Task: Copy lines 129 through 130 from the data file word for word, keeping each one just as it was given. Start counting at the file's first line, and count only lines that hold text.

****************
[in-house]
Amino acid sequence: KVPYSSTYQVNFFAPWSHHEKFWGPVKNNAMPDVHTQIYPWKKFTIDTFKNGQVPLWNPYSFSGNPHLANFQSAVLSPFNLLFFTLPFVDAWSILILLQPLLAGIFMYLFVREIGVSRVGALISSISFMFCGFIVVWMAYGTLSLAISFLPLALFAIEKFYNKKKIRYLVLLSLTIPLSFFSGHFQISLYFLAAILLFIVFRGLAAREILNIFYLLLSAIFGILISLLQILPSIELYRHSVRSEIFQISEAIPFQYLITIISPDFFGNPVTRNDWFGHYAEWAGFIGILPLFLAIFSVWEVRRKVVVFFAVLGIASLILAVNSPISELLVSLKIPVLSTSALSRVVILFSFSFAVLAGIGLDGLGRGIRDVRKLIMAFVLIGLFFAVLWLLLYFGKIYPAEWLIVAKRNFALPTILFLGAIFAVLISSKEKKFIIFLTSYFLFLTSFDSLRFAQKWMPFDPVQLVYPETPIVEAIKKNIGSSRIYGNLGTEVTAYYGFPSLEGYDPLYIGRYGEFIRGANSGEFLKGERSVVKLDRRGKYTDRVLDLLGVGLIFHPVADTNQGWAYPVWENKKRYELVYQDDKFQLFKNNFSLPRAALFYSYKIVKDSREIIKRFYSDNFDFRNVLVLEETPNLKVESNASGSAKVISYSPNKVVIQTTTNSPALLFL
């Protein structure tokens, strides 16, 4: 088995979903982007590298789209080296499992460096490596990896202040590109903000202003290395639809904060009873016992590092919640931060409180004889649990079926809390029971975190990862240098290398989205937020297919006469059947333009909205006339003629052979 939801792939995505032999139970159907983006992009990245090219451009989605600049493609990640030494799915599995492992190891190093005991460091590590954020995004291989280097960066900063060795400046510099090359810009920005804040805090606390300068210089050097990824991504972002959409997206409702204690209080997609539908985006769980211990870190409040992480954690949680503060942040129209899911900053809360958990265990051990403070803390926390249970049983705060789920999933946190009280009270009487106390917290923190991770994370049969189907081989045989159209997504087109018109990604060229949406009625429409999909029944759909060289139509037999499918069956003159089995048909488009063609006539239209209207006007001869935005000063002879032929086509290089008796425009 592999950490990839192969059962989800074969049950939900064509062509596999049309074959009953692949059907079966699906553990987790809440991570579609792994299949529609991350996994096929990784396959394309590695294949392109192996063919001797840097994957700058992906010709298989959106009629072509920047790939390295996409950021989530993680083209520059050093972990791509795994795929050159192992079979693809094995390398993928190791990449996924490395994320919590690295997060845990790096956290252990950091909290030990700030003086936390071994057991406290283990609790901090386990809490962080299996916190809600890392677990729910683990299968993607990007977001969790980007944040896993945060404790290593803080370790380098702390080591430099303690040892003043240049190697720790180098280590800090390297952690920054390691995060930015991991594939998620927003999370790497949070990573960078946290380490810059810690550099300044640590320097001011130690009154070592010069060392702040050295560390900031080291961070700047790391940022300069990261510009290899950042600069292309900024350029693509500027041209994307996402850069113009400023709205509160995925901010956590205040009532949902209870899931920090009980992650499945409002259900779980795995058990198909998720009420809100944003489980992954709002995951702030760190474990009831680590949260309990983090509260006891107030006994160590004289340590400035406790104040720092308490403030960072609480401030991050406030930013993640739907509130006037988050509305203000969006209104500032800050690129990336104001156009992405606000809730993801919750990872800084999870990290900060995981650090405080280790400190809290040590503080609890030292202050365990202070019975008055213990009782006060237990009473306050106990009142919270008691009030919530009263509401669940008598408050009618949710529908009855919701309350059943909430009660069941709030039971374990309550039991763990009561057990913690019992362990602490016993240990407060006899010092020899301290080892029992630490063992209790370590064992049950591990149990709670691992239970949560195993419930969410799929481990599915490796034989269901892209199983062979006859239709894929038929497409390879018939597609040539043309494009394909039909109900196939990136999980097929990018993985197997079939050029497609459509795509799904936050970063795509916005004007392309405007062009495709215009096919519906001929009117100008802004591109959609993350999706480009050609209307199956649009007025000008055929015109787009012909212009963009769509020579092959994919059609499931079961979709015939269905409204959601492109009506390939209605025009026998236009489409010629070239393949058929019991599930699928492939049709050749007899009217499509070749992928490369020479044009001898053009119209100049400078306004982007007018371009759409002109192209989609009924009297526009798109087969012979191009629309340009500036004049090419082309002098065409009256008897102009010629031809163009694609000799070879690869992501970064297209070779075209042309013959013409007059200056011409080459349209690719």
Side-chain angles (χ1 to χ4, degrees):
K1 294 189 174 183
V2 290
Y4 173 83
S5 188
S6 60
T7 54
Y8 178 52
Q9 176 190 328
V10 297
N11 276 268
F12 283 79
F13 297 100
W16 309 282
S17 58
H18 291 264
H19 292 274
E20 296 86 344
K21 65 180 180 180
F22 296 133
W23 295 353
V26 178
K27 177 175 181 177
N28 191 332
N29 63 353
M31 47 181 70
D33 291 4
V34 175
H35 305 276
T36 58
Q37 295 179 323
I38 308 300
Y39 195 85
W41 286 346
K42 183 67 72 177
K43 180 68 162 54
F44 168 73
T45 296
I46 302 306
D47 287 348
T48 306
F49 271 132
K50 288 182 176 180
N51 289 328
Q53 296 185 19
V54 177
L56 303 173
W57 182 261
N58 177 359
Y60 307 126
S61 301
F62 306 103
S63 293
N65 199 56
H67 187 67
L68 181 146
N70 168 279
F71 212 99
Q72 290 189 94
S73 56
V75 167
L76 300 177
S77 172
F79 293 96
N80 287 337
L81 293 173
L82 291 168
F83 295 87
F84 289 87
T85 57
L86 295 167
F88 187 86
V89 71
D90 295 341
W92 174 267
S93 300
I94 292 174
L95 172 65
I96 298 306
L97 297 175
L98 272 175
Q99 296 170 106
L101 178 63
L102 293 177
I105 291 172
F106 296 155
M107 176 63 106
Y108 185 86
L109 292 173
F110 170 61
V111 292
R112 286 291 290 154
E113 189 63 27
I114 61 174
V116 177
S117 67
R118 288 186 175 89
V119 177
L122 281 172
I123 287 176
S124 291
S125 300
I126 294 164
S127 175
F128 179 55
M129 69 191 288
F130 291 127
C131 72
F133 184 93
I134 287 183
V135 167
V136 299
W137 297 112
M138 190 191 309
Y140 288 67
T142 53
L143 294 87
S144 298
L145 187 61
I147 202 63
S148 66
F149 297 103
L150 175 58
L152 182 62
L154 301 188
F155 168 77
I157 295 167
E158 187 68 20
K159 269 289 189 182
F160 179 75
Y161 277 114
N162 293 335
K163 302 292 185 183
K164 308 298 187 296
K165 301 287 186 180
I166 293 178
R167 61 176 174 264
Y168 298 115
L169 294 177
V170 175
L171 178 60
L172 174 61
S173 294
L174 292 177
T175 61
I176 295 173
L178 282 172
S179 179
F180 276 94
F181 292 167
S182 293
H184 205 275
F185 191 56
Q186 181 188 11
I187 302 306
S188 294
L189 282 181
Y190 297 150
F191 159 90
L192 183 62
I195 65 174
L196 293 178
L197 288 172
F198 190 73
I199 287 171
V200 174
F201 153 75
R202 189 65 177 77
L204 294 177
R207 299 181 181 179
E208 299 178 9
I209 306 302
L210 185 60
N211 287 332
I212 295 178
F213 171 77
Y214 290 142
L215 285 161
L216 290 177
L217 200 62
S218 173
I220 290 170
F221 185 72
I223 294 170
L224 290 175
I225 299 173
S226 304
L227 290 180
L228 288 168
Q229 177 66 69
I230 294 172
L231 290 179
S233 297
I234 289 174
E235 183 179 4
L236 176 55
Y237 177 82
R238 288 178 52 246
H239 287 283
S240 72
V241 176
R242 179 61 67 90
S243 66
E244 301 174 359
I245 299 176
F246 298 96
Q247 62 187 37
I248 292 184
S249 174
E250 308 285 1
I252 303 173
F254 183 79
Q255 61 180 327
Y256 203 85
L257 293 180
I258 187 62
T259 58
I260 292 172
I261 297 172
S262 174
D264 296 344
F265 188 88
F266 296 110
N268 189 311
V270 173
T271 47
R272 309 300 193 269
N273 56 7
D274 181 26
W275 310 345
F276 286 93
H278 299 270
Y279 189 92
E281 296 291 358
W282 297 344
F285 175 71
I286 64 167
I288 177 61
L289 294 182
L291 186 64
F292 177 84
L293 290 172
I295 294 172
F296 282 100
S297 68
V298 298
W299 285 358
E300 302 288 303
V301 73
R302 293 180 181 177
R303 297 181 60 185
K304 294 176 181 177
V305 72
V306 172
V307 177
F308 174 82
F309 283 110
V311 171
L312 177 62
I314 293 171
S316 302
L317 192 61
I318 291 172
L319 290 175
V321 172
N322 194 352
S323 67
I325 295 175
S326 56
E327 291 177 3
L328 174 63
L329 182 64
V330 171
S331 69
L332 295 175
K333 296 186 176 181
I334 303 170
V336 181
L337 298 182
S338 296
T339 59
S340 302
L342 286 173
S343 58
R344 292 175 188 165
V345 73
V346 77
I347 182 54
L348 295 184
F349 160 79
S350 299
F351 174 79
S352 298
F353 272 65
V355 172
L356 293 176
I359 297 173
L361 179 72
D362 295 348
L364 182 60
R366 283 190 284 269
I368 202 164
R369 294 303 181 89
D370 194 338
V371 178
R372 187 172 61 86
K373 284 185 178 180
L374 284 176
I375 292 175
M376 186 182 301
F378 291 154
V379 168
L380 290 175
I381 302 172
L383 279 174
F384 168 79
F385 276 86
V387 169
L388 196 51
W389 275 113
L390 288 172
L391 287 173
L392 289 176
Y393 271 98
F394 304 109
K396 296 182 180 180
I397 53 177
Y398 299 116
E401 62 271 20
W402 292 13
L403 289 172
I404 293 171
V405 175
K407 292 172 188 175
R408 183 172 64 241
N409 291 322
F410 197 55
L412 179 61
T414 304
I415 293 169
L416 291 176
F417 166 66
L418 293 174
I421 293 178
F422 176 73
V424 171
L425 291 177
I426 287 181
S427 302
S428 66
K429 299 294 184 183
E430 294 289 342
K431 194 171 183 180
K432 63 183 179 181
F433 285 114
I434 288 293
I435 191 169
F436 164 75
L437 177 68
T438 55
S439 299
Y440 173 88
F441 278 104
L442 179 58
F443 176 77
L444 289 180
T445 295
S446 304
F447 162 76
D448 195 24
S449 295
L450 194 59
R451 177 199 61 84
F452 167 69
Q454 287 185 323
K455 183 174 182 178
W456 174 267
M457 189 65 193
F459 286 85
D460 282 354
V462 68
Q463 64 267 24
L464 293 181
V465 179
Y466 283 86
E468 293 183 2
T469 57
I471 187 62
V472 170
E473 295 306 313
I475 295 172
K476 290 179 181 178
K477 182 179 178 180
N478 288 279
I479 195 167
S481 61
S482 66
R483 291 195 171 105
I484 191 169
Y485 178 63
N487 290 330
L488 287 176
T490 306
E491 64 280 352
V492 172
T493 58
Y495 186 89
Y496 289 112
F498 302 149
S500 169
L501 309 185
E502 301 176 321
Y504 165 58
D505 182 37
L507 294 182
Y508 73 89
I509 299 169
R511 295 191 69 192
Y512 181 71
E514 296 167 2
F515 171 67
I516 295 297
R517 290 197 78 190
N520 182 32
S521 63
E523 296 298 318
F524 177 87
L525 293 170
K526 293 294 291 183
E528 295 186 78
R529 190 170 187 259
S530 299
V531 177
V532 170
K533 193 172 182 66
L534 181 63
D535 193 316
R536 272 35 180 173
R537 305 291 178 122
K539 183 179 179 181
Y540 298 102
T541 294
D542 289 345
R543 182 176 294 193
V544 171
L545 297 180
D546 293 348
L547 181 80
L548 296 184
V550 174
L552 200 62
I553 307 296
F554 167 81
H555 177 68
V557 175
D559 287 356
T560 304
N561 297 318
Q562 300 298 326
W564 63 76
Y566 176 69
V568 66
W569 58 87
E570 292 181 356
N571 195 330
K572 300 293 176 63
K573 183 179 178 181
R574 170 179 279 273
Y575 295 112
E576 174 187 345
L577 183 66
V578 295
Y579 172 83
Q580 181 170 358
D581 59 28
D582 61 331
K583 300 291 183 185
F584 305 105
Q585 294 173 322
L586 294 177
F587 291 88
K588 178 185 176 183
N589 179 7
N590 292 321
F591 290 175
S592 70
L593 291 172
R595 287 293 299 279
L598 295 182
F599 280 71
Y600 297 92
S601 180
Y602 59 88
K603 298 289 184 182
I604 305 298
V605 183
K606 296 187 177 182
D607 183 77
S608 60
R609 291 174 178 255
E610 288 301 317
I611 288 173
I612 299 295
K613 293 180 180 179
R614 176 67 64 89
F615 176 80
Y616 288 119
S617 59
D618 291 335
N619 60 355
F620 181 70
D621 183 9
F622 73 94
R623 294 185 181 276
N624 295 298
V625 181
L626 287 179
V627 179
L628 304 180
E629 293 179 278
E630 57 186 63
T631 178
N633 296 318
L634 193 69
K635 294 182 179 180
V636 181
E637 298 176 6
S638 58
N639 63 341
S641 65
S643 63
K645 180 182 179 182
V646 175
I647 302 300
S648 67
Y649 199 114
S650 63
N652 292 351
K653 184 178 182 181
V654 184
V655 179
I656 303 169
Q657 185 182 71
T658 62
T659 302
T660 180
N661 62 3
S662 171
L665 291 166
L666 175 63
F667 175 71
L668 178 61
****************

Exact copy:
F155 168 77
I157 295 167